Arizona and ASU was the site for a collaborative experiment between the artists of the renowned theatre company La Pocha Nostra and ASU Associate Professor and teaching artist Micha Espinosa. During the residency, a select group of community artists, students, and Pocha affiliates examined the boundaries between linguistic identity and cultural identity, the implications of abandoning one’s cultural voice and/or identity. In this laboratory, the group focused on language based, extended vocal techniques. At the end of the incubation phase, the group held a two-day workshop using Pocha pedagogy & the extended vocal techniques to bring community together to engage in forms of embodied practice.
The project morphed into a larger project with more partners and more time for creation, Monstros en La Frontera, examining not only identity and voice but also the criminalization of the border identity. Espinosa identified and found artistic and financial supporters including Rogelio Martinez (School of Art), ASU Art Museum, and Christian Ziegler (Arts, Media, and Engineering), Performance in the Borderlands, School of Film, Dance, and Theatre, and Theatre Performance in the Americas. Espinosa and partners shared the cost of the artists’ fees, per diem, and productions; Espinosa sought a second cycle of grant funding from PTC but was not awarded. The outcome of the project was a performance by Gómez-Peña/ La Pocha Nostra and the invited community artist/ activist/ scholars at the end of the residency.
Aloha Compadre: Latina/os in Hawaiʻi, 1832-2010
Dr. Rudy P. Guevarra, Jr., Associate Professor, Asian Pacific American Studies, School of Social Transformation, ASU
The manuscript for Aloha Compadre: Latina/os in Hawaiʻi, 1832-2010 seeks to facilitate interdisciplinary discussions by exploring new boundaries of Latina/o migration beyond the North American continent, as well as the complexities of interethnic relationships in Hawaiʻi, which are transforming the political, social economic and cultural landscape of the state. Guevarra travelled to the islands of Hawaiʻi (Big Island) and Oʻahu from February to March of 2015, to conduct a series of oral testimonies with the Latina/o communities for the book manuscript. Guevarra made connections with local workers and communities for further interviews and research after presenting work at the West Hawai’i Community Health Center.
Guevarra submitted an NEH Summer Stipends grant application in August 2015 and an application for the PTC Research Cluster grant to fund a larger digital project related to the book manuscript, the Latino Pacific Archive (LPA). Guevarra was awarded PTC Research Custer funding for the LPA project and applied for external funding from the NEH, ACLS, Hawaiʻi Council for the Humanities and New Zealand Trust History Award.
Indigenous education in the Americas: A Comparative study of community-based schooling in Canada, the United States, Peru, and Bolivia
Dr. Elizabeth A. Sumida-Huaman, Assistant Professor of Indigenous Education, Justice and Social Inquiry, School of Social Transformation, ASU
This research project is an extension of the pilot study Reclaiming the Place of Learning. The first study was an Indigenous comparative education research project that a) utilized critical Indigenous research methodologies, b) collaborated directly with small Indigenous schools and the communities in which they are situated, and c) aimed to yield findings and construct new knowledge related to an Indigenous educational global movement that transcends notions of borders. This extension served to include an additional school site in Bolivia with the original three indigenous schools located in Ontario, Minnesota, and the Cusco region in Peru.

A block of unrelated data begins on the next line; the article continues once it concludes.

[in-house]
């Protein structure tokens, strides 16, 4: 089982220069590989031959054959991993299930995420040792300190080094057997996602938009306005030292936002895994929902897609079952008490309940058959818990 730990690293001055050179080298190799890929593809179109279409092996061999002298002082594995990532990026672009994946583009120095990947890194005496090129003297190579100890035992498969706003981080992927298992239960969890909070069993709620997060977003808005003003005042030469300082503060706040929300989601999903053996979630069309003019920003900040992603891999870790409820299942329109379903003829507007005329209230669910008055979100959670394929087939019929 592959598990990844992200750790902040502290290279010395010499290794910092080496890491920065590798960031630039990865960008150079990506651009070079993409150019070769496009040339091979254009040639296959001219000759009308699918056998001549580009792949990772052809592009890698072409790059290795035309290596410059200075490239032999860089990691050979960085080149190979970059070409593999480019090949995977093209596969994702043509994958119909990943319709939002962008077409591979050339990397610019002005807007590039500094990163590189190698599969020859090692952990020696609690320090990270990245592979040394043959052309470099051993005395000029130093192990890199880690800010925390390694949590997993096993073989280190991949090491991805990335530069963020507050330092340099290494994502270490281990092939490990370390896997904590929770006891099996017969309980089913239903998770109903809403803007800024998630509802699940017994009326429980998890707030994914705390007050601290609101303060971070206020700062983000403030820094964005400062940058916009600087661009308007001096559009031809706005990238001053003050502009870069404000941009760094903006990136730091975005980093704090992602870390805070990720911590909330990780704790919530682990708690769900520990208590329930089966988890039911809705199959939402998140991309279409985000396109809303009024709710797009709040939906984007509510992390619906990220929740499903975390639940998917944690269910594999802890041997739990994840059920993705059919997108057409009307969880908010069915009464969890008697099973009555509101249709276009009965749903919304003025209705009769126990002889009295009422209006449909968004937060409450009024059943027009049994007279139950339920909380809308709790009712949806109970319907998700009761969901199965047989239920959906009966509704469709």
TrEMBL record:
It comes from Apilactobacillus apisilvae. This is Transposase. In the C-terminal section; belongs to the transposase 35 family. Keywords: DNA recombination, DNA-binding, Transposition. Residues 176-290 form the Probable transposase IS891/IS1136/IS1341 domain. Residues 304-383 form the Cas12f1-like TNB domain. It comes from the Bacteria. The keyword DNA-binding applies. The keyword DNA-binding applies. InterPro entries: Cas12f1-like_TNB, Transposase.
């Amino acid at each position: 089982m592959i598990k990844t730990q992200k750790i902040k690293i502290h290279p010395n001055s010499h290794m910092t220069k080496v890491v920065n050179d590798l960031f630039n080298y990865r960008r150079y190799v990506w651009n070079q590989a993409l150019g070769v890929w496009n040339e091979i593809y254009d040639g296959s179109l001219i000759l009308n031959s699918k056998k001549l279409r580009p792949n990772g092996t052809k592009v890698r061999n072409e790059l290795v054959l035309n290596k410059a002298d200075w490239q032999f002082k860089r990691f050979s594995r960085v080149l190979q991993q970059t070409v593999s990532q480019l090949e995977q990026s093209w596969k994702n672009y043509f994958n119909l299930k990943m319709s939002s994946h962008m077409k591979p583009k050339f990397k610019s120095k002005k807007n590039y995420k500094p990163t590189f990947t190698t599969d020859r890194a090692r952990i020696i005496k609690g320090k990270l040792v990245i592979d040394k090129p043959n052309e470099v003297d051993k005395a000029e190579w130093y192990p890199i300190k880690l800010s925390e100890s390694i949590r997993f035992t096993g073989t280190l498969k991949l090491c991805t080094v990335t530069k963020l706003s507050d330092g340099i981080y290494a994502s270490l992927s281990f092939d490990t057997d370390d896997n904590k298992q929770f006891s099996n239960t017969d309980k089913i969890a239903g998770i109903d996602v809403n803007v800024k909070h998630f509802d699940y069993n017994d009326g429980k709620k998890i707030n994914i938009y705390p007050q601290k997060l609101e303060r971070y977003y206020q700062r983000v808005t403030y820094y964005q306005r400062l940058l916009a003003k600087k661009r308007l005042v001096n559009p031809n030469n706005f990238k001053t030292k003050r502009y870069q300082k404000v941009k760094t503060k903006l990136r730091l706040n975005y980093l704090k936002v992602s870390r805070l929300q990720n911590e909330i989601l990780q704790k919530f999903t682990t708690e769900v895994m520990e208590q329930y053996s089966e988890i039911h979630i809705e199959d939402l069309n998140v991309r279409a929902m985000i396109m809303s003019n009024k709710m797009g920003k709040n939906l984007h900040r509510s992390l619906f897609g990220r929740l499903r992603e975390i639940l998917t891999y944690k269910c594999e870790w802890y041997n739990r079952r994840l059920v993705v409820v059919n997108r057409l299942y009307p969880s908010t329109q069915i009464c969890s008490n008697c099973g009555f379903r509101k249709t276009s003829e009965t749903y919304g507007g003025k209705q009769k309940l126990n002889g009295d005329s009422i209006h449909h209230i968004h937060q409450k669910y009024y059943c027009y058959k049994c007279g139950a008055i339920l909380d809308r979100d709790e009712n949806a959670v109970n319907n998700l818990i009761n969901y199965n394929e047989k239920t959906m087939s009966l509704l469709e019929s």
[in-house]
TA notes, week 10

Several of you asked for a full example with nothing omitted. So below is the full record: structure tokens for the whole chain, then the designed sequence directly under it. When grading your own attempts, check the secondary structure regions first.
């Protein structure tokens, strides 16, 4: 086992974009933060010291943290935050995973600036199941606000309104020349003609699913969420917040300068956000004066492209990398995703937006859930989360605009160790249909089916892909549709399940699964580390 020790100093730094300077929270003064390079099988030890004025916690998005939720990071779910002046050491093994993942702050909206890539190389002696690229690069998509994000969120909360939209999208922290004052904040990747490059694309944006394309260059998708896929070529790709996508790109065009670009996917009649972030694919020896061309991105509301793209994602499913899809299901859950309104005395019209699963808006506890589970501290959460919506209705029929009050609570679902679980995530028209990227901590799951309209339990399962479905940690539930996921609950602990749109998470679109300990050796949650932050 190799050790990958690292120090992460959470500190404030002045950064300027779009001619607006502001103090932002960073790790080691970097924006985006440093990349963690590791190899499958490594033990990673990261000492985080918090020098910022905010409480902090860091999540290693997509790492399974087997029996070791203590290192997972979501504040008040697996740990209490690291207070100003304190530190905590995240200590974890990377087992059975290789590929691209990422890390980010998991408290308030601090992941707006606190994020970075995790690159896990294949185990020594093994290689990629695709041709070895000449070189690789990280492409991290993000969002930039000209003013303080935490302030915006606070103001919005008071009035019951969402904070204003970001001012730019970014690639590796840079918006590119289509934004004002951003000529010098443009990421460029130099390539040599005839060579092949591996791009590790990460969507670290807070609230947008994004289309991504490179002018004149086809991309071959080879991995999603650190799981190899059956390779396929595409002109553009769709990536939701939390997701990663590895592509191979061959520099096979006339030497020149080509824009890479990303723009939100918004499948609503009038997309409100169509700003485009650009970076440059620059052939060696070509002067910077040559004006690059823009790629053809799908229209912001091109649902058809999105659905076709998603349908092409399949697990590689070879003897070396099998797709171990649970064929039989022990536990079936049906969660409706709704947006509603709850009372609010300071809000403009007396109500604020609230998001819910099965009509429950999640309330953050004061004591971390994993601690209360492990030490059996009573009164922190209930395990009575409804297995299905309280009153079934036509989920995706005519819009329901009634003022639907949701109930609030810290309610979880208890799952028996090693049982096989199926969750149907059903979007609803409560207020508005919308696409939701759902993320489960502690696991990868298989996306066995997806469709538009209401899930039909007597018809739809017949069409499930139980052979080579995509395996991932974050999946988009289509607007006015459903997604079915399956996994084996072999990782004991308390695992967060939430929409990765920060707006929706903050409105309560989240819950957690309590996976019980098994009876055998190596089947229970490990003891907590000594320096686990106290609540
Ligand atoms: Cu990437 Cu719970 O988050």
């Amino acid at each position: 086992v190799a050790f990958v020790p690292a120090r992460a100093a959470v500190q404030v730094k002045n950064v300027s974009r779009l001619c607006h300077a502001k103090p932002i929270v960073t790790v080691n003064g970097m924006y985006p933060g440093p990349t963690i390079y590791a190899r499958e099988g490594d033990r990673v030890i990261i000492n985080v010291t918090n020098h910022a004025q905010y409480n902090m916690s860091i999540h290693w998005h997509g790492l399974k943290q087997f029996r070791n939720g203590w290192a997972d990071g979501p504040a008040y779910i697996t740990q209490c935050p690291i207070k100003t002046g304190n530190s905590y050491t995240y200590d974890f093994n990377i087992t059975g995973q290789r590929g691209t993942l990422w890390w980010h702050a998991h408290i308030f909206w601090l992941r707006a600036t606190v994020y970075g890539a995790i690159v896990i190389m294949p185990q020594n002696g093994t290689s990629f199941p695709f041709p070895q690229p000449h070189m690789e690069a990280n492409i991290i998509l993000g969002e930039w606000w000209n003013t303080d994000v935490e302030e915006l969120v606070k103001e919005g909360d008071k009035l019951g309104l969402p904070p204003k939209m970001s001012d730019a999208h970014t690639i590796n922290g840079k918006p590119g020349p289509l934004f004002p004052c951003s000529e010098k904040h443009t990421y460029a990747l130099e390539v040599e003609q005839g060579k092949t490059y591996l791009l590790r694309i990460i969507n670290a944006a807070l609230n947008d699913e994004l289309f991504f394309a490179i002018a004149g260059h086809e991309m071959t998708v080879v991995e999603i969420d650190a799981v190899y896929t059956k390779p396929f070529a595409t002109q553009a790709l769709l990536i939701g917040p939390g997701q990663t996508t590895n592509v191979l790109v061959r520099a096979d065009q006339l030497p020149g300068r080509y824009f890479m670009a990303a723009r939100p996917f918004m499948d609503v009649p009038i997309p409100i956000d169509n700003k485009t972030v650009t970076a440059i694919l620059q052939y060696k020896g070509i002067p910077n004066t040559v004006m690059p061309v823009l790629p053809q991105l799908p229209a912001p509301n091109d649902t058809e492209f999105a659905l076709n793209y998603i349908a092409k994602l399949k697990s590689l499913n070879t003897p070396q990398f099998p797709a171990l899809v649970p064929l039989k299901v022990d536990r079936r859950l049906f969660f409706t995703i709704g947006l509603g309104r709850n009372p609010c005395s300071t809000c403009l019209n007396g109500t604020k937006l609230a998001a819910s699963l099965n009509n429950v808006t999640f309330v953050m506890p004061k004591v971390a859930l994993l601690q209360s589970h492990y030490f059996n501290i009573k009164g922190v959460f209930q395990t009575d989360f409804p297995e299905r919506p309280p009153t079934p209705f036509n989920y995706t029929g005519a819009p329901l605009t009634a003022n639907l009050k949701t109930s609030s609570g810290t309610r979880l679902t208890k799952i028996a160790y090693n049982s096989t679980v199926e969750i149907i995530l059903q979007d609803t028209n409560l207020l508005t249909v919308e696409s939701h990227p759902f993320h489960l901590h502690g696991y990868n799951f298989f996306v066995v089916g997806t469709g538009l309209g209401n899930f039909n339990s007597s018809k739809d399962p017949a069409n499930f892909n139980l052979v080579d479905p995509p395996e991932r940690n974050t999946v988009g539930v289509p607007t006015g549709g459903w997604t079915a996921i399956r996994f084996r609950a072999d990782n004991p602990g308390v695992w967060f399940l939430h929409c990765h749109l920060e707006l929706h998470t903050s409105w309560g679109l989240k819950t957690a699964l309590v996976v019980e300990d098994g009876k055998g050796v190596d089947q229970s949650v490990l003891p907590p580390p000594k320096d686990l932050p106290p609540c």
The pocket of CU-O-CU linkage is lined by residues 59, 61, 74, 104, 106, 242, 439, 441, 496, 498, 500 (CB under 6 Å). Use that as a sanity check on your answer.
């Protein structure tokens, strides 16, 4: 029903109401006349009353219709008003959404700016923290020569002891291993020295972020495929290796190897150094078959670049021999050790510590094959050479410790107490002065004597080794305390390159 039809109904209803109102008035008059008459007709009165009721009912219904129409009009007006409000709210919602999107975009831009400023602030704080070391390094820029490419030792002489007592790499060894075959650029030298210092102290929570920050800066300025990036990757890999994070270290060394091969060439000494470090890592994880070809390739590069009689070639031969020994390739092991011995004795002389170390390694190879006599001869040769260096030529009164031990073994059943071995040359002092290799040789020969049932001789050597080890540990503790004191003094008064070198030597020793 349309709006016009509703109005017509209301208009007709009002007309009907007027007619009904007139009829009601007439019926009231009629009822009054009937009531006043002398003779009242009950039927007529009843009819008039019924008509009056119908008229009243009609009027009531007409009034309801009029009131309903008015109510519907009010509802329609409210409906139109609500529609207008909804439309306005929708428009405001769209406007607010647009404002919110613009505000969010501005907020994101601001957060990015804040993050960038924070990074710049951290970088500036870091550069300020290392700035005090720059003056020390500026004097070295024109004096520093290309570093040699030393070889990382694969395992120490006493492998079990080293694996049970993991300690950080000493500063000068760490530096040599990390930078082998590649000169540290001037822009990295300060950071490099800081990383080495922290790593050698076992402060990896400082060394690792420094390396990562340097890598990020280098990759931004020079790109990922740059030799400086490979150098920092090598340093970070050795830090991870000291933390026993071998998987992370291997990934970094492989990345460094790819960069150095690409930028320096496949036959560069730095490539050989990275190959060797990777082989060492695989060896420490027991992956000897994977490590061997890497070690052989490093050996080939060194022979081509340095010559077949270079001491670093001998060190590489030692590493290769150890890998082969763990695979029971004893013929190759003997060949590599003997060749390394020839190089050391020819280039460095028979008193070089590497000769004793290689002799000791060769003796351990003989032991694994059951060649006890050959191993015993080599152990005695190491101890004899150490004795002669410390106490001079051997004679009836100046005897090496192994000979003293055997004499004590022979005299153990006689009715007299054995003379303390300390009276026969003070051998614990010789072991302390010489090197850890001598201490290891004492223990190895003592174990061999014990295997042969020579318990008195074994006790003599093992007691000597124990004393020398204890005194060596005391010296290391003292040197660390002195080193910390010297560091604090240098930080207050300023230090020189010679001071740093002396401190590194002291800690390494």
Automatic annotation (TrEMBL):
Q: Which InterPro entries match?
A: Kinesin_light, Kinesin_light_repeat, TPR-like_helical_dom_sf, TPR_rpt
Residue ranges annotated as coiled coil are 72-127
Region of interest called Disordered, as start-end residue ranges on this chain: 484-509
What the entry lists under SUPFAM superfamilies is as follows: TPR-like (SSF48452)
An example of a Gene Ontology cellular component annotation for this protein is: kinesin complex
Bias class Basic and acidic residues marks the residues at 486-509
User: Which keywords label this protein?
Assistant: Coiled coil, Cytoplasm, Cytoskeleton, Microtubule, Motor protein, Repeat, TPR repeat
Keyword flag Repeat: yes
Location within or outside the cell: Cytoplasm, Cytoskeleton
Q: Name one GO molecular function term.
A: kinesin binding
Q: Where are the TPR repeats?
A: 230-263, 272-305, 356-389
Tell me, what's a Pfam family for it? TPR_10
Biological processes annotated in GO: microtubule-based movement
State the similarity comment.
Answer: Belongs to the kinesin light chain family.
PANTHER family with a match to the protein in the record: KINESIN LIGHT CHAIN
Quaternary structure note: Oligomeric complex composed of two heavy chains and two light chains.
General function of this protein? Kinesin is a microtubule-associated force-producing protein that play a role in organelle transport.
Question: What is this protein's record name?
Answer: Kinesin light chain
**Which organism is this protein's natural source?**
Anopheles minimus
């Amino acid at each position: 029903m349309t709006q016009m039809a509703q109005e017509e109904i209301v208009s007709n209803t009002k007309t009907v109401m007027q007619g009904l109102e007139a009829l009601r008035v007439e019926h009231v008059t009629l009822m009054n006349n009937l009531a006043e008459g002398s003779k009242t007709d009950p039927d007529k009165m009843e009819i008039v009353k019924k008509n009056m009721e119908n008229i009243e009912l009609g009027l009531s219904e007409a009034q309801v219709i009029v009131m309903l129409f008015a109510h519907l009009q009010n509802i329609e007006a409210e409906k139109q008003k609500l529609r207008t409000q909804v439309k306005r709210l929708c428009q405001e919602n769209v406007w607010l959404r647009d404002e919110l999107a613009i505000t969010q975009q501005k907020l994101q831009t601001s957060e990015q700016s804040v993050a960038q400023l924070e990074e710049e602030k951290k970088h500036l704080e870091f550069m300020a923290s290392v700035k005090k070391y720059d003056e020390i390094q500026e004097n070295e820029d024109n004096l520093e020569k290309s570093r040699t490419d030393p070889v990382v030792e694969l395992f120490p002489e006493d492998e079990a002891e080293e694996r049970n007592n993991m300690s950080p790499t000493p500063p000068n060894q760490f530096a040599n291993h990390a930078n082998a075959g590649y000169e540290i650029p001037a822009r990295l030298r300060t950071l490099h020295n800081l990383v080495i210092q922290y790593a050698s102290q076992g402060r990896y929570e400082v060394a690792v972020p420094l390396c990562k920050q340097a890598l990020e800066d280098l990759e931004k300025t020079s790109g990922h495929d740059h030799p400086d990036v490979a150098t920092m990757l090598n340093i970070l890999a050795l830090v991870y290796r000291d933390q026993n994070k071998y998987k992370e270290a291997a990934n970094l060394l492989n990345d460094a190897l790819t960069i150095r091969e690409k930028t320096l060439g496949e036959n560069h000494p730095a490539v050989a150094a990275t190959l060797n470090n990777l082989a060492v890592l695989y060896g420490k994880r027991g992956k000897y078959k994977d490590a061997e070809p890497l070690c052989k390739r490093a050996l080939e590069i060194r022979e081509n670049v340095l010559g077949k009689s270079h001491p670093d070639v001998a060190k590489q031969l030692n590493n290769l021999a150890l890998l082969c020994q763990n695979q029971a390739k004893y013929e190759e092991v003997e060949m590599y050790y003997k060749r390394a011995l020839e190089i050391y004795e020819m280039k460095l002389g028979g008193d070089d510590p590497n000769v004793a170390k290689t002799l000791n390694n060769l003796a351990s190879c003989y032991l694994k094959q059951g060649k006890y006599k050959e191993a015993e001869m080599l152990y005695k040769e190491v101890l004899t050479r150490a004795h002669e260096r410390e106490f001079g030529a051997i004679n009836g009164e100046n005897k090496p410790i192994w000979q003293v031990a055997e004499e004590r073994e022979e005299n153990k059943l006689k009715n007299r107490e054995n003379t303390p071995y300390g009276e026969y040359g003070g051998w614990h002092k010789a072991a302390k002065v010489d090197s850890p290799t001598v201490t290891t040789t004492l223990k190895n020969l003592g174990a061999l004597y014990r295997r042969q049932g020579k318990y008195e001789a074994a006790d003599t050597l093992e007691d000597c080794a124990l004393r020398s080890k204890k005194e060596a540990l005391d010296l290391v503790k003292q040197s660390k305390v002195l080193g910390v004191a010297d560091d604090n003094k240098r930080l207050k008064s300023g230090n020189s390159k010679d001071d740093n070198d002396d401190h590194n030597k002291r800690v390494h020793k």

In addition to exploring archival materials, secondary sources, and publicly accessible information, Sumida Huaman hired Indigenous consultant colleagues to assist with data on local climate change interventions, Quechua epistemology, and Andean schooling initiatives. Sumida Huaman sought additional funding to support travel from the Food Systems Transformation Initiative (FSTI) at the Wrigley Global Institute of Sustainability. From her work on the project, Sumida Huaman published an article in the International Journal of Human Rights Education, developed a manuscript for publication, and was invited to write a chapter to the Handbook of Indigenous Education edited (2017) by Linda T. Smith and Elizabeth McKinley.
Development and Research of Youth Suicide Prevention Play: Queer Kid Rap
Guillermo Reyes, Professor, School of Film, Dance & Theatre, ASU
This project produced a bilingual play in the form of dramatic discussion with an educational component regarding teenage suicide. Reyes developed Queer Kid Rap in the fall and spring of 2016-2017 in collaboration with Xanthia Walker, Artistic Director of Rising Youth Theater. The project explored various approaches to dramatizing the subject matter that would be conducive to dialogue and to teenagers seeking help. Reyes wrote the play through a process of listening to the ideas of local teenagers, dramatizing true stories and then rendering them creatively through drama, comedy, music, and dance. Production of the play took place in March 2017.
Reyes submitted the play to the Coachella Valley Repertory Theater, which expressed interest in reading it. The next step in the development and exhibition of the play will be further submissions to various youth projects across the country. Theatres that choose the play will move forward in seeking state arts support or other forms of private support.
Borderland Transborder Narratives: A Genealogy of Chicana Intellectual Thought in the Narratives of Josefina Niggli and Jovita González
Dr. C. Alejandra Elenes, Associate Professor, School of Humanities, Arts & Cultural Studies, ASU
In this project, Dr. C. Alejandra Elenes conducted genealogical, archival, and ethnographic research. The goal was to examine the archival collections of women of Mexican descent is to gain a stronger insight into these women's contributions to the genealogy of Chicana feminist thought. This investigated the writings, teachings, and advocacy of these women, which established a foundation from which to explore the university and cultural production as sites for articulating cultural and political critique of interethnic relations in the borderlands.